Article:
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Law Schools: Where the Girls Are

Vivia Chen

April 13, 2018

Women-style-1950sI don't know whether to celebrate or go into a funk. 

First, let me give you what appears to be the good news: For the second year in a row, women constitute the majority of law students. Based on 2017 data, women make up 51.27 percent of enrollees. We've crossed the 50 percent mark! Hooray!

But if you think women now dominate the top schools—as I had assumed—you'd be disappointed. According to Enjuris, a site about personal injury law (sidenote: female personal injury lawyers also have a tough time competing against men), women have not cracked the 50 percent mark at most top law schools.

 In fact, among the top 20 law schools, only six schools boast enrollment 0ver 50 percent women:







Another interesting tidbit: Duke has the lowest female (41.3 percent) enrollment among the top schools, even though Vanderbilt, another prominent Southern school, has over 50 percent women. 

Not so surprising, perhaps, is that the law school with the rock bottom female enrollment is Brigham Young (36.2 percent), which is well-over 90 percent Mormon. Though women have averaged only 30 percent of the applicant pool over the last five years, says BYU Law's admissions director Stacie Stewart, "each year we have trended up," adding that she expects "a balanced class within the next two to three years." And despite the conservative Mormon culture, Stewart says, "we definitely aggressively recruit women." The trend, she says, is that Mormon women are marrying later and having kids later like women in the rest of the country.

BYU is an anomaly in many respects, but what's really troubling to me is where you'll find the highest percentage of female law students. Women dominate some of the worst-ranked (or unranked) law schools in the nation. With the notable exception of Berkeley, the schools with 60 percent or more women are bottom-feeders that everyone should avoid, including Atlanta's John Marshall Law School, District of Columbia, Golden Gate University, Florida A&M University, North Carolina Central University, New England Law, City University of New York, Texas Southern University, Inter American University of Puerto Rico, Pontifical Catholic University of P.R. and Western New England University. 

"For whatever reason women are more willing to accept offers from, and invest in, lower ranked schools than men are," says law school application consultant Anna Ivey, a former lawyer and University of Chicago admissions director. "That's not always a wise decision, given bar passage rates, employment prospects, and heavy debt burdens."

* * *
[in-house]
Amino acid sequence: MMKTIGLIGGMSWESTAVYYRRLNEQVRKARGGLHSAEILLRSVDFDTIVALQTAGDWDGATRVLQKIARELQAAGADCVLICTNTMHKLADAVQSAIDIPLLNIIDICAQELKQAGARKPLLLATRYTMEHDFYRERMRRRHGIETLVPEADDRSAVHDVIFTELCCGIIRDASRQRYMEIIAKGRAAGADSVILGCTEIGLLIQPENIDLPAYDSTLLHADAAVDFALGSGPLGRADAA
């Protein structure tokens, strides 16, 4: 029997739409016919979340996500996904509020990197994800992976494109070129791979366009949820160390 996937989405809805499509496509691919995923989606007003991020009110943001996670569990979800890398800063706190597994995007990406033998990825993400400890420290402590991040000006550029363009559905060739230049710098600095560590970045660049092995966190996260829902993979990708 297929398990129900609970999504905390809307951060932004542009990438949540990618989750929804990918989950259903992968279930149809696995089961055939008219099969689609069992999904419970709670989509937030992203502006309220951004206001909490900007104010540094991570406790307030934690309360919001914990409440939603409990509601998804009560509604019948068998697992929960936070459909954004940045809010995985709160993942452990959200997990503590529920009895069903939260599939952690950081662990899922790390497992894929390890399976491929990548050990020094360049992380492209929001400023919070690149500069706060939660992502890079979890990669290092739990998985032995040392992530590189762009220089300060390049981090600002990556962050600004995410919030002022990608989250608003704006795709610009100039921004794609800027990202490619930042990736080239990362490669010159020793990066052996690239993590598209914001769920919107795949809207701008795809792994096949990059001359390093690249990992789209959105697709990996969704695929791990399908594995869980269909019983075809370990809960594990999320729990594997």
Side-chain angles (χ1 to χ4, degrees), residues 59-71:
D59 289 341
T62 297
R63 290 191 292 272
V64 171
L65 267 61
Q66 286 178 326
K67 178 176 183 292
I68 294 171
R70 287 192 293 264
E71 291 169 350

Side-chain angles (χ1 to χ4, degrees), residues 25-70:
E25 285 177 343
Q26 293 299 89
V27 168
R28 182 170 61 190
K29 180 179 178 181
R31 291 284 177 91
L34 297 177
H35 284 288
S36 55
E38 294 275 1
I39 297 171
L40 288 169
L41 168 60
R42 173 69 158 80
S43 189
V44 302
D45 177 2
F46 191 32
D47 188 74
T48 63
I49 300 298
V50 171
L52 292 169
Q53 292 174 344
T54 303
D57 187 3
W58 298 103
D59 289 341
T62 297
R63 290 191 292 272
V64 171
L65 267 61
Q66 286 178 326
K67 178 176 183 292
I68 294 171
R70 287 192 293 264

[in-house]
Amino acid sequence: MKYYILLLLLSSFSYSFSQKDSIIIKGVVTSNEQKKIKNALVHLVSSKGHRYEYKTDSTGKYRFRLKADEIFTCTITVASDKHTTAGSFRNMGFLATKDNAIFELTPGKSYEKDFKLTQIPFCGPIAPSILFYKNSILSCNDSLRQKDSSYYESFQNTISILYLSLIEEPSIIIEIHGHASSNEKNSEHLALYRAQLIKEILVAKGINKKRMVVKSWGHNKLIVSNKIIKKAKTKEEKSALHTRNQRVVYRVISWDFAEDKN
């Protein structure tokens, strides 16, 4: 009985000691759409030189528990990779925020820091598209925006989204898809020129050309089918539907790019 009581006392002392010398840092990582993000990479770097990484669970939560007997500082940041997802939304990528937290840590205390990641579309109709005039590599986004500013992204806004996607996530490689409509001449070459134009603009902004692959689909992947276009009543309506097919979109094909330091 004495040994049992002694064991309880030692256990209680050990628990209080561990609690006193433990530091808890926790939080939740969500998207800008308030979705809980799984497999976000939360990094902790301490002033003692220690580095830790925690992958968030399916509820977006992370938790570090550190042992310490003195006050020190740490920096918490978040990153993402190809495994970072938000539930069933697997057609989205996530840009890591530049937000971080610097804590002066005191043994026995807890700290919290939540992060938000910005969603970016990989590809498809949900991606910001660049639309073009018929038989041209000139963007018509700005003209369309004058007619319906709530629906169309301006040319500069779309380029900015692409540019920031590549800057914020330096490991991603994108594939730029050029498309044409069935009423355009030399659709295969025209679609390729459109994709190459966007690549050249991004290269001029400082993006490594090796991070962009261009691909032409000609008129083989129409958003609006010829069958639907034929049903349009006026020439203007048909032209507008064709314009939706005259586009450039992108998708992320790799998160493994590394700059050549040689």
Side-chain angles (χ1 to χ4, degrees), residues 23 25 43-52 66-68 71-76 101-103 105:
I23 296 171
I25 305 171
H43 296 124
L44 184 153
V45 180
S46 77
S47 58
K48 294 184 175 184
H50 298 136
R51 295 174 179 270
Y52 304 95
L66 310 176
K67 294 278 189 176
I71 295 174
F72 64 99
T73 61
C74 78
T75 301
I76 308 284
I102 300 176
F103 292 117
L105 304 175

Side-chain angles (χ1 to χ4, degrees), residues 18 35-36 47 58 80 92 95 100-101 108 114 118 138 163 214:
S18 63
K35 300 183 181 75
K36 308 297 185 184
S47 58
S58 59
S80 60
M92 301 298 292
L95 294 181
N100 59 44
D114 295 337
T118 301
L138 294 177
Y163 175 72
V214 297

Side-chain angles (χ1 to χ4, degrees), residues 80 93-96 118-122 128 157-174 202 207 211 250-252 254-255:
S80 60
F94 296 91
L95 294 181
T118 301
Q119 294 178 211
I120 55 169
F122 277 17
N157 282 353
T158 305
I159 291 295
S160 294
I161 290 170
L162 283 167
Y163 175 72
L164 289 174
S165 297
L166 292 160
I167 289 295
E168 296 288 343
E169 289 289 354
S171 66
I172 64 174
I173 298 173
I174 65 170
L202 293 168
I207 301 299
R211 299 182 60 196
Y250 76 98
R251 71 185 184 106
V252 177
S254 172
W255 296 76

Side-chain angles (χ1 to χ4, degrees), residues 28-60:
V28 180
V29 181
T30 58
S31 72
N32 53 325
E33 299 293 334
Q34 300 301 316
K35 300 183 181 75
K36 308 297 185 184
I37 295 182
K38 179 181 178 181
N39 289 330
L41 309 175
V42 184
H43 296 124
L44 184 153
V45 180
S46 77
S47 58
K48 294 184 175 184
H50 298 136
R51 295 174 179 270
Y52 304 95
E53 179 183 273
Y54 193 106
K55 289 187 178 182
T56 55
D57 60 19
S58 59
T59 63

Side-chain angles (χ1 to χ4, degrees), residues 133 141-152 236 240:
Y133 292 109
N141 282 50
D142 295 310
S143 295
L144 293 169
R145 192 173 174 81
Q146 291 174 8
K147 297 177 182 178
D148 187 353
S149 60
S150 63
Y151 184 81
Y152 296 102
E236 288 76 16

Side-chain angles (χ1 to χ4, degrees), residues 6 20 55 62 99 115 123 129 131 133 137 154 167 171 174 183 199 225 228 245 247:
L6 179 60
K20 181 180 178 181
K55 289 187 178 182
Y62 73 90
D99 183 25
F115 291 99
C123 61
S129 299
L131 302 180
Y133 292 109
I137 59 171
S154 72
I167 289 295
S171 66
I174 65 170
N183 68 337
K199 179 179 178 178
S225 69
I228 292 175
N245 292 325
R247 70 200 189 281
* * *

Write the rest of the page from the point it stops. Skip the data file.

To say it's not a wise decision is much too subtle. Permit me to be blunt: If you assume a heavy debt to attend a crummy law school, you are foolish.
But let's not end on a depressing note. Let's look at Berkeley, the shiny example of a top school that's attracting a huge number of women. What's it's secret sauce?
"We have not taken any specific actions to recruit women to Berkeley Law," says Kristin Theis-Alvarez, the assistant dean of admissions. Since 2013, Berkeley "began to receive more applications from women than from men"—a trend that continues to increase.  She adds that women might be attracted to the school because of the high number of female faculty "who may serve as mentors." Another reason she cites is the school's liberal vibe: "We recognize many female or female-identified applicants have intersectional identities."
It all sounds very Berkeleyesque. But, hey, who am I to argue with success?


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"[t]he schools with 60 percent or more women are bottom-feeders that everyone should avoid" OUCH!!!

This is not just a US trend. Is it possible that there are FEWER male applicants, therefore more female attendees because the vast majority of lawyers are not working on Wall Street (or its equivalent elsewhere), there is no guarantee of employment together with a guarantee of a significant debt for many students? There are some law schools in Canada where female students have been at or above 50% for years. However, it has not necessarily translated into partnership or equal pay 20 years later, and “female led” law firms are considered minority led law firms even today.

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The Careerist takes an inside look at how lawyers shape their careers and manage their lives. The blog aims to dissect developments in the profession, provide useful information and advice, and give lawyers a platform to voice their views. The goal is to provide a fresh, provocative take on the state of lawyering.

About Vivia Chen

Vivia Chen

Vivia Chen, The Careerist's chief blogger, has been covering the business and culture of law firms for a decade. A former corporate lawyer, Chen is fascinated by those who thrive (as well as those who don't) in the legal profession. Her take: Success in the law (and life) doesn't always travel a linear path. If you have topics you'd like to discuss or information to share, contact her: VChen@alm.com

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